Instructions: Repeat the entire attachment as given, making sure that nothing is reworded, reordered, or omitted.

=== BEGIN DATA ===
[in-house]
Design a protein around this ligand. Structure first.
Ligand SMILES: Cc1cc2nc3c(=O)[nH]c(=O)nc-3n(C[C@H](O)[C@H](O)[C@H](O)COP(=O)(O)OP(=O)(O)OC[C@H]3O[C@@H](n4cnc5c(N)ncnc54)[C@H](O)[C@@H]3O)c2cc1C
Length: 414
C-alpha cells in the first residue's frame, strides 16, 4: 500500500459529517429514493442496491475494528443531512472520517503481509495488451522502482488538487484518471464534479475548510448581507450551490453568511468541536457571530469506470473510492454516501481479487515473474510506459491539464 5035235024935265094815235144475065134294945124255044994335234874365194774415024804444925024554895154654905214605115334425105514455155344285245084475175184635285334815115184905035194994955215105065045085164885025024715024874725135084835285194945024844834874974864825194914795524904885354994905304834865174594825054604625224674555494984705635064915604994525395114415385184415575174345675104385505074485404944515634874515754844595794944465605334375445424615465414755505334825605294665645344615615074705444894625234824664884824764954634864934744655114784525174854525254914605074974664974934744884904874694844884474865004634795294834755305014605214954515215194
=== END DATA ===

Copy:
[in-house]
Design a protein around this ligand. Structure first.
Ligand SMILES: Cc1cc2nc3c(=O)[nH]c(=O)nc-3n(C[C@H](O)[C@H](O)[C@H](O)COP(=O)(O)OP(=O)(O)OC[C@H]3O[C@@H](n4cnc5c(N)ncnc54)[C@H](O)[C@@H]3O)c2cc1C
Length: 414
C-alpha cells in the first residue's frame, strides 16, 4: 500500500459529517429514493442496491475494528443531512472520517503481509495488451522502482488538487484518471464534479475548510448581507450551490453568511468541536457571530469506470473510492454516501481479487515473474510506459491539464 5035235024935265094815235144475065134294945124255044994335234874365194774415024804444925024554895154654905214605115334425105514455155344285245084475175184635285334815115184905035194994955215105065045085164885025024715024874725135084835285194945024844834874974864825194914795524904885354994905304834865174594825054604625224674555494984705635064915604994525395114415385184415575174345675104385505074485404944515634874515754844595794944465605334375445424615465414755505334825605294665645344615615074705444894625234824664884824764954634864934744655114784525174854525254914605074974664974934744884904874694844884474865004634795294834755305014605214954515215194